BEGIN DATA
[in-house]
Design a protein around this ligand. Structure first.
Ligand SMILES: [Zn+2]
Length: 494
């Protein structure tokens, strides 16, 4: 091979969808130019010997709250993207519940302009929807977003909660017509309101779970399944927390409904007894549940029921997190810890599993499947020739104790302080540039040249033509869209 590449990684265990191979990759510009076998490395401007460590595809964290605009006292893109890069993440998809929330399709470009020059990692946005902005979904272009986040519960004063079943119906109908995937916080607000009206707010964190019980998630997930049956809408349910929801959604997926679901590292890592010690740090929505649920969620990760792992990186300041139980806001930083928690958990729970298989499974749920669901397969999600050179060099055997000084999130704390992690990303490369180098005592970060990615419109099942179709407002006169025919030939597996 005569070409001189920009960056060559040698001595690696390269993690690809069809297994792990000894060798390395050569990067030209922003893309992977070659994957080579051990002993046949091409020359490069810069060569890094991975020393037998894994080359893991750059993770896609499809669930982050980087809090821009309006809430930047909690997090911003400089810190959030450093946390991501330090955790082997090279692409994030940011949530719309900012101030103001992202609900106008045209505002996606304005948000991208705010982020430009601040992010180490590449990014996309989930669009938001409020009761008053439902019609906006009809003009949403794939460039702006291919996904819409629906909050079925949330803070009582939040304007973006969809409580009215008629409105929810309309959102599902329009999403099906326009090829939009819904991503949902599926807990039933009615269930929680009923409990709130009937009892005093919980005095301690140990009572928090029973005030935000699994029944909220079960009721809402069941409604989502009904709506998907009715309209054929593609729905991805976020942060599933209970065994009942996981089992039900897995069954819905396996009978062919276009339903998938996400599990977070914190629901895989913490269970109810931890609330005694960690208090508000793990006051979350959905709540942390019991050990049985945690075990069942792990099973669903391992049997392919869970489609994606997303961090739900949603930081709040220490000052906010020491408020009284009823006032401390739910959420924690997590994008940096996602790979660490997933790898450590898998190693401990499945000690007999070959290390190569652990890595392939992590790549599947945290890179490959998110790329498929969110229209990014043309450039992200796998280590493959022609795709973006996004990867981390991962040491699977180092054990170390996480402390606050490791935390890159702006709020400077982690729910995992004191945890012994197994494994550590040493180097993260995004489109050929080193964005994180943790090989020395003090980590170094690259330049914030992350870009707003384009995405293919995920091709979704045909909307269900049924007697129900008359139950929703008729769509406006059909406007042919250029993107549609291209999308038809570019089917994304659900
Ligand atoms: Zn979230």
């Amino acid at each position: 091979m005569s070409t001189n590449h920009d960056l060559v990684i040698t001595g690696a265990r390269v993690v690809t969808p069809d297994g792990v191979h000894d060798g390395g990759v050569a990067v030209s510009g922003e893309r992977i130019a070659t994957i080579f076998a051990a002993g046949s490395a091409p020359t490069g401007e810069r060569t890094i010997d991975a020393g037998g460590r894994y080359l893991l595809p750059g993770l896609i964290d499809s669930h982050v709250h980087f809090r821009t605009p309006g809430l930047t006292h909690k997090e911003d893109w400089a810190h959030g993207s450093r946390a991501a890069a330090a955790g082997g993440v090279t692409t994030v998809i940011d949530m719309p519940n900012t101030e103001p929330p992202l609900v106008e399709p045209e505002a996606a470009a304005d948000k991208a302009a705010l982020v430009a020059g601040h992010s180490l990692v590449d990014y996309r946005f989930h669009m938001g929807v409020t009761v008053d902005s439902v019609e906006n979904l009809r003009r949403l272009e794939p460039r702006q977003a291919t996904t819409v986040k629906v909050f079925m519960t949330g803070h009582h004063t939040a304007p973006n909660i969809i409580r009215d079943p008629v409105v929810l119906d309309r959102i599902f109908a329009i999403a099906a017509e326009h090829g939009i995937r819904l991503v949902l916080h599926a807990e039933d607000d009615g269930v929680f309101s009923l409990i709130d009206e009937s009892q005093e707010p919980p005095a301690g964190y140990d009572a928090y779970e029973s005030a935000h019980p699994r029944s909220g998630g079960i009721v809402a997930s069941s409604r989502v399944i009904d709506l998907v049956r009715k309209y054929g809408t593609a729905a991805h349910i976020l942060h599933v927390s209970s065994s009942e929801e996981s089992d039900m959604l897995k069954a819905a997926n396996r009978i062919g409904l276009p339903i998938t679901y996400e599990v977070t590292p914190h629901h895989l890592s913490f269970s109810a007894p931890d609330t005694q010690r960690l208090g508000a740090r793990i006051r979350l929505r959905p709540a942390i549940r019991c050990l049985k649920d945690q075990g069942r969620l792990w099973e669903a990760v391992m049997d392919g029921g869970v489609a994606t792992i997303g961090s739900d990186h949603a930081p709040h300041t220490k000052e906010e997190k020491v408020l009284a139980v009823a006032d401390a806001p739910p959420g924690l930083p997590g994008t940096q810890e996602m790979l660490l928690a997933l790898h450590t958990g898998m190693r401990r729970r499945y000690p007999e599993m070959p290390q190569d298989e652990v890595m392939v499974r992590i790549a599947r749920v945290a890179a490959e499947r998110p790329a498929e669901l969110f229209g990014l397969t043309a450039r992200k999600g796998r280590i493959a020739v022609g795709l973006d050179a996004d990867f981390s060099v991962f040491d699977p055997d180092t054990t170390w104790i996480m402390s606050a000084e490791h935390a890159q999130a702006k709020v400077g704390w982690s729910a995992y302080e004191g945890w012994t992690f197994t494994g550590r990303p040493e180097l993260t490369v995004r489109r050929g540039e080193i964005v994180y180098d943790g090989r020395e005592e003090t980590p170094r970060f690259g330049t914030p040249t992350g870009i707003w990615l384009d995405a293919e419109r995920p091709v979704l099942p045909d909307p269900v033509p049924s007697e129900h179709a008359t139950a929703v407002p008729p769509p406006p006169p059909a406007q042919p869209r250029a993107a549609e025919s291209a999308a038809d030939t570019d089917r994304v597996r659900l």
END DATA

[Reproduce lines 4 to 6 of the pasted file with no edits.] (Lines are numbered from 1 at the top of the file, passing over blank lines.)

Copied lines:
Length: 494
């Protein structure tokens, strides 16, 4: 091979969808130019010997709250993207519940302009929807977003909660017509309101779970399944927390409904007894549940029921997190810890599993499947020739104790302080540039040249033509869209 590449990684265990191979990759510009076998490395401007460590595809964290605009006292893109890069993440998809929330399709470009020059990692946005902005979904272009986040519960004063079943119906109908995937916080607000009206707010964190019980998630997930049956809408349910929801959604997926679901590292890592010690740090929505649920969620990760792992990186300041139980806001930083928690958990729970298989499974749920669901397969999600050179060099055997000084999130704390992690990303490369180098005592970060990615419109099942179709407002006169025919030939597996 005569070409001189920009960056060559040698001595690696390269993690690809069809297994792990000894060798390395050569990067030209922003893309992977070659994957080579051990002993046949091409020359490069810069060569890094991975020393037998894994080359893991750059993770896609499809669930982050980087809090821009309006809430930047909690997090911003400089810190959030450093946390991501330090955790082997090279692409994030940011949530719309900012101030103001992202609900106008045209505002996606304005948000991208705010982020430009601040992010180490590449990014996309989930669009938001409020009761008053439902019609906006009809003009949403794939460039702006291919996904819409629906909050079925949330803070009582939040304007973006969809409580009215008629409105929810309309959102599902329009999403099906326009090829939009819904991503949902599926807990039933009615269930929680009923409990709130009937009892005093919980005095301690140990009572928090029973005030935000699994029944909220079960009721809402069941409604989502009904709506998907009715309209054929593609729905991805976020942060599933209970065994009942996981089992039900897995069954819905396996009978062919276009339903998938996400599990977070914190629901895989913490269970109810931890609330005694960690208090508000793990006051979350959905709540942390019991050990049985945690075990069942792990099973669903391992049997392919869970489609994606997303961090739900949603930081709040220490000052906010020491408020009284009823006032401390739910959420924690997590994008940096996602790979660490997933790898450590898998190693401990499945000690007999070959290390190569652990890595392939992590790549599947945290890179490959998110790329498929969110229209990014043309450039992200796998280590493959022609795709973006996004990867981390991962040491699977180092054990170390996480402390606050490791935390890159702006709020400077982690729910995992004191945890012994197994494994550590040493180097993260995004489109050929080193964005994180943790090989020395003090980590170094690259330049914030992350870009707003384009995405293919995920091709979704045909909307269900049924007697129900008359139950929703008729769509406006059909406007042919250029993107549609291209999308038809570019089917994304659900
Ligand atoms: Zn979230």